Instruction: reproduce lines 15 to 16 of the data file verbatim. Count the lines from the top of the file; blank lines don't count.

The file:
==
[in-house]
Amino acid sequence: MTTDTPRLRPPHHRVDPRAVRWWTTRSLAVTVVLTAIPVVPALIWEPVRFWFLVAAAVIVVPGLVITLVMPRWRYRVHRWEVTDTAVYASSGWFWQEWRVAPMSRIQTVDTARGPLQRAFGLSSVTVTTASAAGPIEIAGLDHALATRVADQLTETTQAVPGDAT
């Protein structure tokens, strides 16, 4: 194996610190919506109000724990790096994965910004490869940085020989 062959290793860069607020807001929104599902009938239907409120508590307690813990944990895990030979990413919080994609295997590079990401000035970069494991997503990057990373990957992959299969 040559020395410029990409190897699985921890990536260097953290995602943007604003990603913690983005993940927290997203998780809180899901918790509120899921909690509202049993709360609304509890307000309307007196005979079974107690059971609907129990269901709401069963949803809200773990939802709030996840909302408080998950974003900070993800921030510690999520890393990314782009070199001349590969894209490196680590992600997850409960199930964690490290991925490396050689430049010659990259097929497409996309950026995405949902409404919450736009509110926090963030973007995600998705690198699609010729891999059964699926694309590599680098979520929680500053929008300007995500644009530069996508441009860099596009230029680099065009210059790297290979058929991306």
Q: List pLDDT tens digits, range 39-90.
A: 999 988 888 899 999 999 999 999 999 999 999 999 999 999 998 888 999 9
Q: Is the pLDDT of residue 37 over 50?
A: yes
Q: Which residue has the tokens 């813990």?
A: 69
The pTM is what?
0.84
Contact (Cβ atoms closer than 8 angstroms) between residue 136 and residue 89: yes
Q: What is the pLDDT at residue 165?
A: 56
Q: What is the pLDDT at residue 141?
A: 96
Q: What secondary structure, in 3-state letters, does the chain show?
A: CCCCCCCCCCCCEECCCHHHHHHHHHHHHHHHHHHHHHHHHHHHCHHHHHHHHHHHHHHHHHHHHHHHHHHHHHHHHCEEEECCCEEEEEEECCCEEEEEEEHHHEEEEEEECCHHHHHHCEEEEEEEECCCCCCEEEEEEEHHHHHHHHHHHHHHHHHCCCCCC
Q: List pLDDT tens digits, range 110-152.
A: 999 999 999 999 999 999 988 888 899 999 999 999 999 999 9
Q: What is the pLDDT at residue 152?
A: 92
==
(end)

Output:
Q: What is the pLDDT at residue 141?
A: 96